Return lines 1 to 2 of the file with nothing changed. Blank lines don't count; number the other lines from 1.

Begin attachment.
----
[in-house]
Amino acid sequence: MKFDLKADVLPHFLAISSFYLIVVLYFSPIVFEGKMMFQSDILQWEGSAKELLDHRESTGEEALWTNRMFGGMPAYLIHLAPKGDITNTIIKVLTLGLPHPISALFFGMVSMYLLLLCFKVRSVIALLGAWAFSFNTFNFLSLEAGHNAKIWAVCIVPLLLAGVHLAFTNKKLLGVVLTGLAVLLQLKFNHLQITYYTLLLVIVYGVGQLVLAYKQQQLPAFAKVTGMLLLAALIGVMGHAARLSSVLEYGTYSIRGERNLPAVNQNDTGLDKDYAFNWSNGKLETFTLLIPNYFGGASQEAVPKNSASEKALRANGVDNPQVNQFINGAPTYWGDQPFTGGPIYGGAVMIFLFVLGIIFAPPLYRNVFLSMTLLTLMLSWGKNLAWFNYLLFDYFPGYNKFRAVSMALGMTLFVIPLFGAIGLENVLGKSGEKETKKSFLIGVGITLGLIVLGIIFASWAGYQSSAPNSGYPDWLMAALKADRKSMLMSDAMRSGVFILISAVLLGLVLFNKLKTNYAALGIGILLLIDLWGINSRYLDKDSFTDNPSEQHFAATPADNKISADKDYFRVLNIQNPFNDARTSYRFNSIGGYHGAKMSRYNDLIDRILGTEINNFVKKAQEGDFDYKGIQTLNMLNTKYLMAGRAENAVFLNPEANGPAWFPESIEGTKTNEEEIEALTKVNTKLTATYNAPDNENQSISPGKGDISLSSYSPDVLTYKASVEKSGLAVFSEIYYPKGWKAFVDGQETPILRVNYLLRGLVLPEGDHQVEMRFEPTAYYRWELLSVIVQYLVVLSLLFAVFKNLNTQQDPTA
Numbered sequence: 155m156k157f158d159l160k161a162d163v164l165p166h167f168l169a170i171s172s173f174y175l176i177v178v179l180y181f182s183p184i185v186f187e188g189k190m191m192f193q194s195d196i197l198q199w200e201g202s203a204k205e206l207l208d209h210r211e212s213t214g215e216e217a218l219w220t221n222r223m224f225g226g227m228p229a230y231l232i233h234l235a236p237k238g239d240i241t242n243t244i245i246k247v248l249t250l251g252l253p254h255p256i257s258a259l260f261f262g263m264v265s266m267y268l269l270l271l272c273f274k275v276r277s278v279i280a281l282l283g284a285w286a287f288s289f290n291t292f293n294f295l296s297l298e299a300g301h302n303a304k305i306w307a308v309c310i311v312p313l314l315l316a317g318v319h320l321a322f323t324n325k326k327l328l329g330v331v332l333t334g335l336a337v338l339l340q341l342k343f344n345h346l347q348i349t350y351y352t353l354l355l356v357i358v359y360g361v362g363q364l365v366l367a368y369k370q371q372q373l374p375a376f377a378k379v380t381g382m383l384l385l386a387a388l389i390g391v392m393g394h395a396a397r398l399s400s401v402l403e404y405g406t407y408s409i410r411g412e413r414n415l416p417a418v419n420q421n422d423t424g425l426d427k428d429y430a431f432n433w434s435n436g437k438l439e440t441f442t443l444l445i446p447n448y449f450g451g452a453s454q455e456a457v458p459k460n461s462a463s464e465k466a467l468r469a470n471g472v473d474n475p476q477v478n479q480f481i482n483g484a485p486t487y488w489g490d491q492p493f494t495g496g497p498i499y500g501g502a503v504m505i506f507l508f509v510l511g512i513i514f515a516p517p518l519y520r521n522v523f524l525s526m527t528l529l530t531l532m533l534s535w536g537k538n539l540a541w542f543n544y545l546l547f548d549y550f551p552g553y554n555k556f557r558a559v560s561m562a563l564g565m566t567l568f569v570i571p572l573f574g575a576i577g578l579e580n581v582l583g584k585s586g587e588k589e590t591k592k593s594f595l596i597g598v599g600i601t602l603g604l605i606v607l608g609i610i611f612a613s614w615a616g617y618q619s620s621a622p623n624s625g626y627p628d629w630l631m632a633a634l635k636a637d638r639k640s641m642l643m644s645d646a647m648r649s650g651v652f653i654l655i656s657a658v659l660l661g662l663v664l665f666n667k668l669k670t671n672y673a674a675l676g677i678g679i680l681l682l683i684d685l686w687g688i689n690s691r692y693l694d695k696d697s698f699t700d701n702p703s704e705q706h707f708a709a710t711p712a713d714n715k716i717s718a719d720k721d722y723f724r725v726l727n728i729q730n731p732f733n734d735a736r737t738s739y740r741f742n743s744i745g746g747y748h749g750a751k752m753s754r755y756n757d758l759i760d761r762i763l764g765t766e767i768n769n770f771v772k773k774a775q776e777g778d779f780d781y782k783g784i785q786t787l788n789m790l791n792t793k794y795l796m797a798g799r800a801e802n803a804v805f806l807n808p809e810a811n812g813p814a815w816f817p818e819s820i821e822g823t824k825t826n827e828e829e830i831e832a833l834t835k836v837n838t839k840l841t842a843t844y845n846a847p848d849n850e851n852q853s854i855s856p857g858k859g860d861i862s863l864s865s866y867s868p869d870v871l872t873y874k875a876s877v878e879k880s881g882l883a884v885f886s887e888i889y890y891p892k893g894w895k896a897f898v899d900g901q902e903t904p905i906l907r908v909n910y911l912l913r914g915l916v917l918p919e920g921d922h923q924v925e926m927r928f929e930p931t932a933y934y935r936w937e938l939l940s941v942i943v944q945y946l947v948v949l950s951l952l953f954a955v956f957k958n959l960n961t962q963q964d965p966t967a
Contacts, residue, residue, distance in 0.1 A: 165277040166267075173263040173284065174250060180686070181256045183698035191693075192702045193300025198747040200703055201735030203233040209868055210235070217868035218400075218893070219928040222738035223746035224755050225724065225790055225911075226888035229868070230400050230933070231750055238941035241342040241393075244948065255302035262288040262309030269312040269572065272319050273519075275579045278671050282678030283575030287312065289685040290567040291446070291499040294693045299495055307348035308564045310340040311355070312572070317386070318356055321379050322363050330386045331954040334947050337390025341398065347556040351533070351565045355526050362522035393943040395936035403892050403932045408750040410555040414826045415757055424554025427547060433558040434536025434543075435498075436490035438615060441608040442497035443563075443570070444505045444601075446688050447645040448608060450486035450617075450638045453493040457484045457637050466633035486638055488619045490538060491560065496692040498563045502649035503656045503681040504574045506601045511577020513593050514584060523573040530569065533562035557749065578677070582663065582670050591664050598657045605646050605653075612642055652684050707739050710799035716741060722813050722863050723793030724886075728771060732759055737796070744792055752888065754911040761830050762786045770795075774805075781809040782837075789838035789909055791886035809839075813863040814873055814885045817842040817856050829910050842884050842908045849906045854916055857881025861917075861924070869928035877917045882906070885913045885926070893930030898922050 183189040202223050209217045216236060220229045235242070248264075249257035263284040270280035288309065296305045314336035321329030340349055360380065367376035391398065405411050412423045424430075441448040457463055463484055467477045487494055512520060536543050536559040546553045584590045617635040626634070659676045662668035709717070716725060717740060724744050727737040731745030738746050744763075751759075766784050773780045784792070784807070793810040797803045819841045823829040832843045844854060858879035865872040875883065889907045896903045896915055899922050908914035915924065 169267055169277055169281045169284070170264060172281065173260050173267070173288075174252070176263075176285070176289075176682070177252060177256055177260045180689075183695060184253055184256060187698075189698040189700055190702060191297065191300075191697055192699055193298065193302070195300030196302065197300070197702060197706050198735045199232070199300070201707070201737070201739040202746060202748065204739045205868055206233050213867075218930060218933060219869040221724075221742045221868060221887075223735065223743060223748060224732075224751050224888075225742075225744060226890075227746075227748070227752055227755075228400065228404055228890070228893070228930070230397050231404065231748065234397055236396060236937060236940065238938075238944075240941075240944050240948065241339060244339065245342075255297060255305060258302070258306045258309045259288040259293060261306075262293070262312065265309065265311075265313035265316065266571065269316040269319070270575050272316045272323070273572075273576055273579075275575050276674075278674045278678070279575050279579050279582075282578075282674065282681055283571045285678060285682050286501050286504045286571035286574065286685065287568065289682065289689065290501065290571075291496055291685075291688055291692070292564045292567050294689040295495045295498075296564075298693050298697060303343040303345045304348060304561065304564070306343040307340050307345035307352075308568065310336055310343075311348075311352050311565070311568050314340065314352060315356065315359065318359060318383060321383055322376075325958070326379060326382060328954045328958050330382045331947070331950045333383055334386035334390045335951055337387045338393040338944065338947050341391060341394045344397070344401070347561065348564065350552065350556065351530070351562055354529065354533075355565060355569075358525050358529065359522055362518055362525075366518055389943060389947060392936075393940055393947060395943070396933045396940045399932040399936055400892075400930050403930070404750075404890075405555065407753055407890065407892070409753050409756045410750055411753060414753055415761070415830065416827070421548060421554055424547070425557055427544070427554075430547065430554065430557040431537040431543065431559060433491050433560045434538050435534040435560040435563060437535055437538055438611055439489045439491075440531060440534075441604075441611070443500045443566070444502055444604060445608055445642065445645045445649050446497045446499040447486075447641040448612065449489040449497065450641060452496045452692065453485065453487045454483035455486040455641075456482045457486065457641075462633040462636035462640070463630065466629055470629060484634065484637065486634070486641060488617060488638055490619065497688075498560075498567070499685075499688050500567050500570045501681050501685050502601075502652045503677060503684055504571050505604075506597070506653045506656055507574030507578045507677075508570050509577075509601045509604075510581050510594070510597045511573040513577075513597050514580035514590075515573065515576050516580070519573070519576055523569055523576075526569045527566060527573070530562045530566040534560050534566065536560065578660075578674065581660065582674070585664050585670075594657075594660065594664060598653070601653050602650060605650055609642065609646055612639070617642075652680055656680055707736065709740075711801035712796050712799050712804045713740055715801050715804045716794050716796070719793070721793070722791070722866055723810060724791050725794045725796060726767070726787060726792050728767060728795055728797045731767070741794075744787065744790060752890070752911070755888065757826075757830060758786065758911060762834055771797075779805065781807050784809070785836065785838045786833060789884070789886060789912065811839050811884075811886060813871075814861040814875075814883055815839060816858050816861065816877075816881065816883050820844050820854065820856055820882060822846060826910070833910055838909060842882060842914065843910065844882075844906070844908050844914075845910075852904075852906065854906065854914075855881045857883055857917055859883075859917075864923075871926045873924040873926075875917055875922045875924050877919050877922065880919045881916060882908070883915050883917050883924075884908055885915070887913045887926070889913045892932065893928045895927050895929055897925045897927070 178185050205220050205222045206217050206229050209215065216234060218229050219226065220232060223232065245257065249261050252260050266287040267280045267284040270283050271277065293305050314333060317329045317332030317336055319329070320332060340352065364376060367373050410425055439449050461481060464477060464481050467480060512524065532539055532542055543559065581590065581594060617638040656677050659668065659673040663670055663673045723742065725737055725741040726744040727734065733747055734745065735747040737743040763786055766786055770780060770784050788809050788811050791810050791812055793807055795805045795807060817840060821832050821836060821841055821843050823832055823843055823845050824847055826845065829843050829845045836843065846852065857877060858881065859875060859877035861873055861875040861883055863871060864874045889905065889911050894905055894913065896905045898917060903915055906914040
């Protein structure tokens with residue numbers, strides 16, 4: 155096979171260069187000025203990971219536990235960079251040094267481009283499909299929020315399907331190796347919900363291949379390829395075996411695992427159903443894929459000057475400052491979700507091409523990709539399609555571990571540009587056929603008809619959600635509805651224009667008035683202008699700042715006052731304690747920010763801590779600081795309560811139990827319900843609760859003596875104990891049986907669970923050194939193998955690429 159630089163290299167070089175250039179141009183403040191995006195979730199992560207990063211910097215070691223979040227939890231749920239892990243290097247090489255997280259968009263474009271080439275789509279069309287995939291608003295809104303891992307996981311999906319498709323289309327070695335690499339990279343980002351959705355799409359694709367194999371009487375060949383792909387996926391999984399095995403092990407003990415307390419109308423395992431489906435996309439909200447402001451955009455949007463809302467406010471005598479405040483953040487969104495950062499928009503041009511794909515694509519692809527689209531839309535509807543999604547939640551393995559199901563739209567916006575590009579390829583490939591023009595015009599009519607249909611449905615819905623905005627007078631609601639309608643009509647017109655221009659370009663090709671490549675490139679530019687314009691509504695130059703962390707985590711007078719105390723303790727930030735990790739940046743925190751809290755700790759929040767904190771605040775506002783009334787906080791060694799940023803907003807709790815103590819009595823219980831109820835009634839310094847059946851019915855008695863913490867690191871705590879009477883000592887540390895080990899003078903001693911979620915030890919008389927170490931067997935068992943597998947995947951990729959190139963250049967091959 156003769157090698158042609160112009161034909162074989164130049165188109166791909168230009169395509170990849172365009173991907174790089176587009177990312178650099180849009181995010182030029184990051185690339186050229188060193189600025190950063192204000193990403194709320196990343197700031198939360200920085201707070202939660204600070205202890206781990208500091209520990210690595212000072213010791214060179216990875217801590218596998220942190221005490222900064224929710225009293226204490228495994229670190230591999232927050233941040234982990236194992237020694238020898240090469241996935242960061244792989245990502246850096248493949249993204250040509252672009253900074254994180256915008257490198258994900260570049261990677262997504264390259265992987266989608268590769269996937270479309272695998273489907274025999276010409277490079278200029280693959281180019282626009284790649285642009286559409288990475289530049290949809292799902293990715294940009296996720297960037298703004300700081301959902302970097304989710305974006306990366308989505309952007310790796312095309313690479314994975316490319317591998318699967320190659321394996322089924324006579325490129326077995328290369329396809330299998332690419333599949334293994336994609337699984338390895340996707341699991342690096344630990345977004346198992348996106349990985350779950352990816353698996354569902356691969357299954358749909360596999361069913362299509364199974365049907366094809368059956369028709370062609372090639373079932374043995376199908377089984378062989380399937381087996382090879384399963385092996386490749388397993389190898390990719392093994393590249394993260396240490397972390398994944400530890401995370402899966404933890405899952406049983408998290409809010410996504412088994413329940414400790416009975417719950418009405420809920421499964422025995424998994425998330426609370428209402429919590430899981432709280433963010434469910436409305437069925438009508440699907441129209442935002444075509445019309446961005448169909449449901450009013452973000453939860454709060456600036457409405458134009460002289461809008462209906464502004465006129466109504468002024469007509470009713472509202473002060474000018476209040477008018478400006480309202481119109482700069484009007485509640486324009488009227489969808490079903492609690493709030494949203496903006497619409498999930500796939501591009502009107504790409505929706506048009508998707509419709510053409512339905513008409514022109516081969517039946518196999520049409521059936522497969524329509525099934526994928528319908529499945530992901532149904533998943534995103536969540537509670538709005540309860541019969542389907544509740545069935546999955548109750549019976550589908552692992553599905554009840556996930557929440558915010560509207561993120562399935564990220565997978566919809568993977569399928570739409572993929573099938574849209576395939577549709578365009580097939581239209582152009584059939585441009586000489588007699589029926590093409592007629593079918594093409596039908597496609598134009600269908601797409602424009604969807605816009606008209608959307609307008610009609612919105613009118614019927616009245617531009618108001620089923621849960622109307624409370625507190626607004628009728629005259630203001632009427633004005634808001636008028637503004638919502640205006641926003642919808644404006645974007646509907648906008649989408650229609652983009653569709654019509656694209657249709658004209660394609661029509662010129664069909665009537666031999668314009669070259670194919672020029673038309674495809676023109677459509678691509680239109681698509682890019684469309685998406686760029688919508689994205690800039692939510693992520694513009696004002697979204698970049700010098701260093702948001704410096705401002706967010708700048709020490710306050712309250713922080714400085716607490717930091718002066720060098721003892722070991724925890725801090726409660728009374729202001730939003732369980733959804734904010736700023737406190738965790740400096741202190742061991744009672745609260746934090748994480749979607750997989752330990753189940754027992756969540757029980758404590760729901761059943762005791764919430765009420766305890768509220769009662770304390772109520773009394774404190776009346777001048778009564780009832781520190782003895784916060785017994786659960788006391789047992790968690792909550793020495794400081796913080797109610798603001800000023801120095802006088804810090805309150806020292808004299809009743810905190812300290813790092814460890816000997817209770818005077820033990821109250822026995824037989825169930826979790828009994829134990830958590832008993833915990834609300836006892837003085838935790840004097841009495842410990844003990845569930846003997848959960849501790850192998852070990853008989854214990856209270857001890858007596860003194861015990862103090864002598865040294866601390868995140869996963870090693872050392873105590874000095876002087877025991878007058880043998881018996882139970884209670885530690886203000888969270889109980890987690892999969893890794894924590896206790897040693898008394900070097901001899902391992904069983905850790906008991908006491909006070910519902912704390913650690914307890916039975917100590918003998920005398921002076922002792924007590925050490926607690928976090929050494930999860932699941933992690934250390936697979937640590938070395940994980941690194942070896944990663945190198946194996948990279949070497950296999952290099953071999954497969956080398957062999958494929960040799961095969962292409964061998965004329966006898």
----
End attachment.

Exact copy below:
[in-house]
Amino acid sequence: MKFDLKADVLPHFLAISSFYLIVVLYFSPIVFEGKMMFQSDILQWEGSAKELLDHRESTGEEALWTNRMFGGMPAYLIHLAPKGDITNTIIKVLTLGLPHPISALFFGMVSMYLLLLCFKVRSVIALLGAWAFSFNTFNFLSLEAGHNAKIWAVCIVPLLLAGVHLAFTNKKLLGVVLTGLAVLLQLKFNHLQITYYTLLLVIVYGVGQLVLAYKQQQLPAFAKVTGMLLLAALIGVMGHAARLSSVLEYGTYSIRGERNLPAVNQNDTGLDKDYAFNWSNGKLETFTLLIPNYFGGASQEAVPKNSASEKALRANGVDNPQVNQFINGAPTYWGDQPFTGGPIYGGAVMIFLFVLGIIFAPPLYRNVFLSMTLLTLMLSWGKNLAWFNYLLFDYFPGYNKFRAVSMALGMTLFVIPLFGAIGLENVLGKSGEKETKKSFLIGVGITLGLIVLGIIFASWAGYQSSAPNSGYPDWLMAALKADRKSMLMSDAMRSGVFILISAVLLGLVLFNKLKTNYAALGIGILLLIDLWGINSRYLDKDSFTDNPSEQHFAATPADNKISADKDYFRVLNIQNPFNDARTSYRFNSIGGYHGAKMSRYNDLIDRILGTEINNFVKKAQEGDFDYKGIQTLNMLNTKYLMAGRAENAVFLNPEANGPAWFPESIEGTKTNEEEIEALTKVNTKLTATYNAPDNENQSISPGKGDISLSSYSPDVLTYKASVEKSGLAVFSEIYYPKGWKAFVDGQETPILRVNYLLRGLVLPEGDHQVEMRFEPTAYYRWELLSVIVQYLVVLSLLFAVFKNLNTQQDPTA